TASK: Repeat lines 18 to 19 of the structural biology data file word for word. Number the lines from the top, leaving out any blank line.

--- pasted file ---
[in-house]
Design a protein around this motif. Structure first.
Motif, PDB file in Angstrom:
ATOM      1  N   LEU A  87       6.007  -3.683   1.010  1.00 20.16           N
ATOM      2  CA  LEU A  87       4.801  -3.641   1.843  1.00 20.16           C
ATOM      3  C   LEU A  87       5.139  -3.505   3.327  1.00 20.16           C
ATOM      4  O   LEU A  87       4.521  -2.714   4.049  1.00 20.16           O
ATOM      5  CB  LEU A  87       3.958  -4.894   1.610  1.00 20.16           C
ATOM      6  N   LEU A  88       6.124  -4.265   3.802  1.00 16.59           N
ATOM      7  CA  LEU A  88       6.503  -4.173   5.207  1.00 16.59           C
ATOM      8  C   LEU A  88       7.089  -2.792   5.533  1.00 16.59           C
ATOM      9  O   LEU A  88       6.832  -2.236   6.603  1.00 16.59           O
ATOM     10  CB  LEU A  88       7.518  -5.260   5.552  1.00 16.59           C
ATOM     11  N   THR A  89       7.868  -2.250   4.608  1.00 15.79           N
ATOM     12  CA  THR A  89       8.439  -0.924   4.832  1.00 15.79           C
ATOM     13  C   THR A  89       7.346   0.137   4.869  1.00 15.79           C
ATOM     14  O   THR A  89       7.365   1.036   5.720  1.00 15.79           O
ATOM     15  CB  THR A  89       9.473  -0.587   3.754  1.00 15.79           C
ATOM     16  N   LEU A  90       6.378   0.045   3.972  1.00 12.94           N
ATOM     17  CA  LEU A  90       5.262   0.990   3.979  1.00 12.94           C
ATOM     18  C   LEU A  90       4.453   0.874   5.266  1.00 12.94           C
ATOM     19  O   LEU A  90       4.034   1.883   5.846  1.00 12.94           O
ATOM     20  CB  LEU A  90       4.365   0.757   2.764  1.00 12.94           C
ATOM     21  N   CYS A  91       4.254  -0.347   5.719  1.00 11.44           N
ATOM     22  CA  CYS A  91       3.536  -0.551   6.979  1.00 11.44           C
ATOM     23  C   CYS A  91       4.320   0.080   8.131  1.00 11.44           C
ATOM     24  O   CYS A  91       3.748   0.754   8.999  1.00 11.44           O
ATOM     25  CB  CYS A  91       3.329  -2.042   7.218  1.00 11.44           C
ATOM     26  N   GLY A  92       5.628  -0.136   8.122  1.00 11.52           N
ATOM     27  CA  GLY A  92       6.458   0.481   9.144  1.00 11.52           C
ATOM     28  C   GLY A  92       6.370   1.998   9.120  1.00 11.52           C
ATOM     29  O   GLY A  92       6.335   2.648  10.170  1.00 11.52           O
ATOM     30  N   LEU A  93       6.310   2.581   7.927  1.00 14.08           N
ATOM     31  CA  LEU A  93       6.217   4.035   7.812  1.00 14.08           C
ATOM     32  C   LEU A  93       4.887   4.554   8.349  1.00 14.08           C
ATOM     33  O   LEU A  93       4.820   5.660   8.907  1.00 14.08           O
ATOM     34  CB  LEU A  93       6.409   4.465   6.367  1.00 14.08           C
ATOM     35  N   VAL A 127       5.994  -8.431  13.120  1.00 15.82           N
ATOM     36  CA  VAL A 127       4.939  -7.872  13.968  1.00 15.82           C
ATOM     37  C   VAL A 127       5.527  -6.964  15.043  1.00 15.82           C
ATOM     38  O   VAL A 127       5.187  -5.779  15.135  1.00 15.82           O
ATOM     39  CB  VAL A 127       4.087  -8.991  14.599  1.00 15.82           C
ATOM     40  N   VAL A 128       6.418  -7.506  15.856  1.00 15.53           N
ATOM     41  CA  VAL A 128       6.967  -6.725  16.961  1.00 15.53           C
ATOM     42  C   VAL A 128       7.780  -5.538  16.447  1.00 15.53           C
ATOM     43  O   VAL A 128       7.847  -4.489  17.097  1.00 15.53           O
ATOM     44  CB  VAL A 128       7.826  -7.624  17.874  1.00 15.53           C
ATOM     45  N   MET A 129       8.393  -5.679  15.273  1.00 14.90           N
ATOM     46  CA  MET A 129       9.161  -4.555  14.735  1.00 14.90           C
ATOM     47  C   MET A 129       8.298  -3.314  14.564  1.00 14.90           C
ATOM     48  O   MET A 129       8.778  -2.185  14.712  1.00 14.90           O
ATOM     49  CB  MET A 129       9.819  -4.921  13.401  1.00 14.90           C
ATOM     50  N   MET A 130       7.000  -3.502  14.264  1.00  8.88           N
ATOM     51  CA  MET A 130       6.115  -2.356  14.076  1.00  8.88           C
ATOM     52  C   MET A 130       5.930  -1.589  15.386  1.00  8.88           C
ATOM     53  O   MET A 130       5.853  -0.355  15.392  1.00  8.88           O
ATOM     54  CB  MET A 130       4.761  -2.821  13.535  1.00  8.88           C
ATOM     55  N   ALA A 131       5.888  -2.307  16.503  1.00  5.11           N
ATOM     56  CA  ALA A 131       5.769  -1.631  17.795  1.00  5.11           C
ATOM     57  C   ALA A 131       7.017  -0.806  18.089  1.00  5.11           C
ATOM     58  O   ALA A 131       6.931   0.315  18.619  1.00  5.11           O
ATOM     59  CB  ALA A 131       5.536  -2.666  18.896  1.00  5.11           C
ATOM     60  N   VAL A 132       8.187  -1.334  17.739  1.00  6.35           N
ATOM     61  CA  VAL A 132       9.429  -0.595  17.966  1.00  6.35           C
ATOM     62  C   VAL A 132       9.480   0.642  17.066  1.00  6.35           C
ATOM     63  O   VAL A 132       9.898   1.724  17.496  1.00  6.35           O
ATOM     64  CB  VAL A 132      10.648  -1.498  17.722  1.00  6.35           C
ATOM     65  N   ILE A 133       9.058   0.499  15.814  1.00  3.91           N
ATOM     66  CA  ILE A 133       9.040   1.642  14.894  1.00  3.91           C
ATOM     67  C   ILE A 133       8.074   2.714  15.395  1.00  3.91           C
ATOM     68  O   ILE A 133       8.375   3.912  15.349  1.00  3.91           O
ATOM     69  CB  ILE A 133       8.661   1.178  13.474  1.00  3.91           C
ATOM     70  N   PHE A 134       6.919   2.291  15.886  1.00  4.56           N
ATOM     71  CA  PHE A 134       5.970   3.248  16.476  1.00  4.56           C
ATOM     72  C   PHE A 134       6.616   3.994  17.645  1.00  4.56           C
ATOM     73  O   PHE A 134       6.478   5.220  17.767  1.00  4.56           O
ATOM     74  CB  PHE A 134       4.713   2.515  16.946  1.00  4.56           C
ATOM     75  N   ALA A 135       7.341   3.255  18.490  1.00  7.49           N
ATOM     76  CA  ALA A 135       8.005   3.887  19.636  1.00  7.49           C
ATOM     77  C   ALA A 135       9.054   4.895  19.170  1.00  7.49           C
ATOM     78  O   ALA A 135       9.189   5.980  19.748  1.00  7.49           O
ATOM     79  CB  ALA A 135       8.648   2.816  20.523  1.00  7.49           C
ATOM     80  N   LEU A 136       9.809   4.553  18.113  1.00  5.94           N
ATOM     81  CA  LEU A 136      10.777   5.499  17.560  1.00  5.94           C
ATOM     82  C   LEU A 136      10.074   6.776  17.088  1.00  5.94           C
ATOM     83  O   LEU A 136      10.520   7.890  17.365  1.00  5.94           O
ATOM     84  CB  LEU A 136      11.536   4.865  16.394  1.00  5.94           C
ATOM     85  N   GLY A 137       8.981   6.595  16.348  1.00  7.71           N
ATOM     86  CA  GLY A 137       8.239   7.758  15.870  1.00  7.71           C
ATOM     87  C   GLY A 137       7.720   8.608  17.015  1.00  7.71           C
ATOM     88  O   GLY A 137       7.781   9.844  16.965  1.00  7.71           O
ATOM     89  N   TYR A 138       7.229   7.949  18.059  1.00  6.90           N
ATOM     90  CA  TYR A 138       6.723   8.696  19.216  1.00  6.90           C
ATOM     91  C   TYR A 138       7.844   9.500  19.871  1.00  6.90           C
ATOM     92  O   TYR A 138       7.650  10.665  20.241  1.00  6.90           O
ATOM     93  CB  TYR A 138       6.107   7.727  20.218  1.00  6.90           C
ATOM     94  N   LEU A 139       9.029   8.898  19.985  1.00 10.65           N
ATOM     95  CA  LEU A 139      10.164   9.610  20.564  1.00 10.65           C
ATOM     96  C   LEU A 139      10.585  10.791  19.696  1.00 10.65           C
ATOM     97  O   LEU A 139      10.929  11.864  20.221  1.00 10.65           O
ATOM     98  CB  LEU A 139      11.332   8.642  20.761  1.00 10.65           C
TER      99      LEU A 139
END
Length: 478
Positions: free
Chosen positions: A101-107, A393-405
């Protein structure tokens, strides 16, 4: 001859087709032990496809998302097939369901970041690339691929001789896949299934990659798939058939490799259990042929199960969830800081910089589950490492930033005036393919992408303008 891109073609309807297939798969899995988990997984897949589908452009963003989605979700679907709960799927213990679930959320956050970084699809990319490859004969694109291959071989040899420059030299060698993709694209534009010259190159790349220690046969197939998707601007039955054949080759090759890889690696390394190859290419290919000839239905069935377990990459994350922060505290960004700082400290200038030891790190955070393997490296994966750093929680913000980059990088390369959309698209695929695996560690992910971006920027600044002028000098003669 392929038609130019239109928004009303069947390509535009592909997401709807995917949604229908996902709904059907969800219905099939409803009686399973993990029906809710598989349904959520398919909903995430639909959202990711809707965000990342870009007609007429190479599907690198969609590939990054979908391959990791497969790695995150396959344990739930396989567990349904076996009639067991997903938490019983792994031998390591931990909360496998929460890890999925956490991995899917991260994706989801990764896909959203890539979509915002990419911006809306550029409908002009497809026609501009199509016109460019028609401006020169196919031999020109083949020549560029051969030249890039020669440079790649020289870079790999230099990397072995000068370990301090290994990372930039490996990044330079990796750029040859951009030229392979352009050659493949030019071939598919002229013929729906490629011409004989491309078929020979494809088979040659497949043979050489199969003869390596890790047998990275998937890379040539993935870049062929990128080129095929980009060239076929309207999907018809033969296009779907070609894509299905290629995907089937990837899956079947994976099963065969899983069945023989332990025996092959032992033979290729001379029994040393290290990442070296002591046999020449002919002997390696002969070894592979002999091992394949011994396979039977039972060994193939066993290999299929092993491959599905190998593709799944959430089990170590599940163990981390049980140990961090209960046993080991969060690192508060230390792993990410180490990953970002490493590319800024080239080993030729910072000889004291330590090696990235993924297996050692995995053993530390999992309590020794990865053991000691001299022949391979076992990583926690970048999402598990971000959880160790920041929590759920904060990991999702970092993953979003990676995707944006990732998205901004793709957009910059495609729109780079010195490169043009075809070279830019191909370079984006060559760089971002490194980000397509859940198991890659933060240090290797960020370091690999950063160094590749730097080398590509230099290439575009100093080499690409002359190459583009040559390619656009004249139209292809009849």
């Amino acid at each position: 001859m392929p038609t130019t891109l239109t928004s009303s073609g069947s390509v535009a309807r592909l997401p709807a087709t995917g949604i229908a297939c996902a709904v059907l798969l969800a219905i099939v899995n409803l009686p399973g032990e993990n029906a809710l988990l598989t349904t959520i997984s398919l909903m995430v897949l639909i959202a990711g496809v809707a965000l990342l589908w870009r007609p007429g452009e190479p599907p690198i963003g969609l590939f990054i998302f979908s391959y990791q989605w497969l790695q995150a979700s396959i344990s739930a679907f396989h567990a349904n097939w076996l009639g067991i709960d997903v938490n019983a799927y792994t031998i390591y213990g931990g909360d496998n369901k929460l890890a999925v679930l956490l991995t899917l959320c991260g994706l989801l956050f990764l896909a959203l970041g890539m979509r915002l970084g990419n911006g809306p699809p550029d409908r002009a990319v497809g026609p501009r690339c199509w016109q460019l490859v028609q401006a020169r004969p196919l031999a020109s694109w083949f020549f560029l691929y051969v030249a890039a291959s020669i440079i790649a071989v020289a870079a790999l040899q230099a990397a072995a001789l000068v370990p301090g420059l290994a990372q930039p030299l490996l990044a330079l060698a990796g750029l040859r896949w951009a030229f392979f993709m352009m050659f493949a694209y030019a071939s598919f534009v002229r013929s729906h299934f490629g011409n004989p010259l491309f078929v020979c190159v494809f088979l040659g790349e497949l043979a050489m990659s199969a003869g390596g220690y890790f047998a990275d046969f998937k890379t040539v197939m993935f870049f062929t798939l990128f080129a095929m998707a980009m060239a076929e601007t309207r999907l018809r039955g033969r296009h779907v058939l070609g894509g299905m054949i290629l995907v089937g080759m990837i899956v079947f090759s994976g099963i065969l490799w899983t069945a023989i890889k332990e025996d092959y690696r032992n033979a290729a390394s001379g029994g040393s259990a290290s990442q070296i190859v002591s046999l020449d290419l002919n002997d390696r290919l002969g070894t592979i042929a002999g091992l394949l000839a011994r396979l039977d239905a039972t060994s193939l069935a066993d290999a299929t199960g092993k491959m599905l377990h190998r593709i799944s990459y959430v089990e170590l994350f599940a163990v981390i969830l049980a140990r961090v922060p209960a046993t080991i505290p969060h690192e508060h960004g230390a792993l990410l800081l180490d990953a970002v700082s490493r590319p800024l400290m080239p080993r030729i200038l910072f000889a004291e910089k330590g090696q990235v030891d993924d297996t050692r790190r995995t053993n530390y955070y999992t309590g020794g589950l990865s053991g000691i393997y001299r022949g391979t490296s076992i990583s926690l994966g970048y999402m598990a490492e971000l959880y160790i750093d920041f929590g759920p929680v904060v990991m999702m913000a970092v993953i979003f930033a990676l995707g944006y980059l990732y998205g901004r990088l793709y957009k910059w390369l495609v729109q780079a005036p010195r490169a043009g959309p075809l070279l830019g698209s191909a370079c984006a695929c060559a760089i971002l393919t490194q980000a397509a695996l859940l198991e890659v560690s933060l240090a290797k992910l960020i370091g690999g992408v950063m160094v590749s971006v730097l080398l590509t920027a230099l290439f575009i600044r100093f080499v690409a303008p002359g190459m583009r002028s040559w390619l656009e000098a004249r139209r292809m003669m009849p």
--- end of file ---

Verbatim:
ATOM     15  CB  THR A  89       9.473  -0.587   3.754  1.00 15.79           C
ATOM     16  N   LEU A  90       6.378   0.045   3.972  1.00 12.94           N